Efficacy and Safety of Short- and Long-Acting Glucagon-Like Peptide 1 Receptor Agonists on a Background of Basal Insulin in Type 2 Diabetes: A Meta-analysis.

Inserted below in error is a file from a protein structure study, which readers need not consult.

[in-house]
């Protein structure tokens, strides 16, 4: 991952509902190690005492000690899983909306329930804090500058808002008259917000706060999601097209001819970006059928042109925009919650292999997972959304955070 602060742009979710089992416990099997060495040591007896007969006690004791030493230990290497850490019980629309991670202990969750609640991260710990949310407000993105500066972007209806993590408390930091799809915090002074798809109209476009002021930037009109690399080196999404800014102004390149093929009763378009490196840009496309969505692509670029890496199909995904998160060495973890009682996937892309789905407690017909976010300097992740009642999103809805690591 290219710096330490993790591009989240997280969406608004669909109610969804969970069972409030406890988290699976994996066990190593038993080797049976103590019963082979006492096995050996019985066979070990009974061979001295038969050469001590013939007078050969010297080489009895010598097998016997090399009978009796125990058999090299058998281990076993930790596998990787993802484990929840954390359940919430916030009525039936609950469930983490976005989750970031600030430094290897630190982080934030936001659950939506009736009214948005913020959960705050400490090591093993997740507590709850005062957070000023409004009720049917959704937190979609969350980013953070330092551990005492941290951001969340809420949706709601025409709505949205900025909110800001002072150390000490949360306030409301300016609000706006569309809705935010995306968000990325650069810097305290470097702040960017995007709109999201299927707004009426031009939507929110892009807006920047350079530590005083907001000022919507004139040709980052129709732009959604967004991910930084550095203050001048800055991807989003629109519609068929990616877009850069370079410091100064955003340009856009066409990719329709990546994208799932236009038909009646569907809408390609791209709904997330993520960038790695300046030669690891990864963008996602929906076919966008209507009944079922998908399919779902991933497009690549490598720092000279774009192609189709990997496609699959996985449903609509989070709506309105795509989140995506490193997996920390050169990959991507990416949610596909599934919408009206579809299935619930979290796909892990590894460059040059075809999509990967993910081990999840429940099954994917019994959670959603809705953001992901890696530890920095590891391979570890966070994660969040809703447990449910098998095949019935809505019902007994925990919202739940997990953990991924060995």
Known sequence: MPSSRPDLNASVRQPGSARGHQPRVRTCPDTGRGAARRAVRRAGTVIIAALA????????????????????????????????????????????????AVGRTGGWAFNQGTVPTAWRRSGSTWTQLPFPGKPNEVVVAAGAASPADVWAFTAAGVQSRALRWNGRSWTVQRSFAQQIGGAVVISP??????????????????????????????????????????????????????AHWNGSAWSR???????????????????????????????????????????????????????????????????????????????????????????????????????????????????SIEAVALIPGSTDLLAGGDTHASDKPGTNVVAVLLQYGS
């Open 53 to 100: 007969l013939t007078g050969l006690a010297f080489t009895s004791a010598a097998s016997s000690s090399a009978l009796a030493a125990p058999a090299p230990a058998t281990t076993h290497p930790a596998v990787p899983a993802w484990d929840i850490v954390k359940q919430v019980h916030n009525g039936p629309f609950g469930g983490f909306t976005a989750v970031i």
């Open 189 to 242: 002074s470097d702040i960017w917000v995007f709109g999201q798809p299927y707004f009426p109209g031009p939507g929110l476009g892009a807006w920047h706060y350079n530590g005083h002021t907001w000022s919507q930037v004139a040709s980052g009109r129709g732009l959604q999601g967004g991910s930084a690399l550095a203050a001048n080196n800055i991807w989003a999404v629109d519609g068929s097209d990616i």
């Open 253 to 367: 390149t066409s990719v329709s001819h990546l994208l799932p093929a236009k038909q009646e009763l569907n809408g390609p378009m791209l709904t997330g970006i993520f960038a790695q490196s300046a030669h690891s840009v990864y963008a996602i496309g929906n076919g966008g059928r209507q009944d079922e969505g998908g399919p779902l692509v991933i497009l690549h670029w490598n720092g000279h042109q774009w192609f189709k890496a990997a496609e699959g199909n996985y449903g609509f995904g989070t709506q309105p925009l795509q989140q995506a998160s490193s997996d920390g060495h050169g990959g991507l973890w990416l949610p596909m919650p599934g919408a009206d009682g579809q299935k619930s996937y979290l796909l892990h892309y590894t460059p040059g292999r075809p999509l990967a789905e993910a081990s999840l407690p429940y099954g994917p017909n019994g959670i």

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To compare the efficacy and safety of short- and long-acting glucagon-like peptide 1 receptor agonists (GLP-1 RAs), both used in combination with basal insulin, in patients with type 2 diabetes.Randomized controlled trials comparing the coadministration of short- or long-acting GLP-1 RAs and basal insulin with basal insulin ± placebo were identified (PubMed search). Of 974 identified publications, 14 clinical trials were included. Eight trials examined short-acting and six long-acting GLP-1 RAs.Differences in HbA1c, fasting plasma glucose, body weight, and adverse events were compared between studies using short- or long-acting GLP-1 RAs by random-effects meta-analysis.There were relatively small numbers of available publications, some heterogeneity regarding protocols, and differences in the GLP-1 RA compound used.Long-acting GLP-1 RAs more effectively reduced HbA1c (∆ -6 mmol/mol [95% CI -10; -2], P = 0.007), fasting plasma glucose (∆ -0.7 mmol/L [-1.2; -0.3], P = 0.007), and body weight (∆ -1.4 kg [-2.2; -0.6], P = 0.002) and raised the proportion of patients achieving an HbA1c target <7.0% (<53 mmol/mol) (P = 0.03) more than the short-acting ones. Patients reporting symptomatic (P = 0.048) but not severe (P = 0.96) hypoglycemia were fewer with long- versus short-acting GLP-1 RAs added to insulin. A lower proportion of patients reported nausea (-52%, P < 0.0001) or vomiting (-36%, P = 0.0002) with long-acting GLP-1 RAs. Overall, GLP-1 RAs improved HbA1c, fasting plasma glucose, and body weight when added to basal insulin. However, long-acting GLP-1 RAs were significantly more effective for glycemic and body weight control and displayed better gastrointestinal tolerability.


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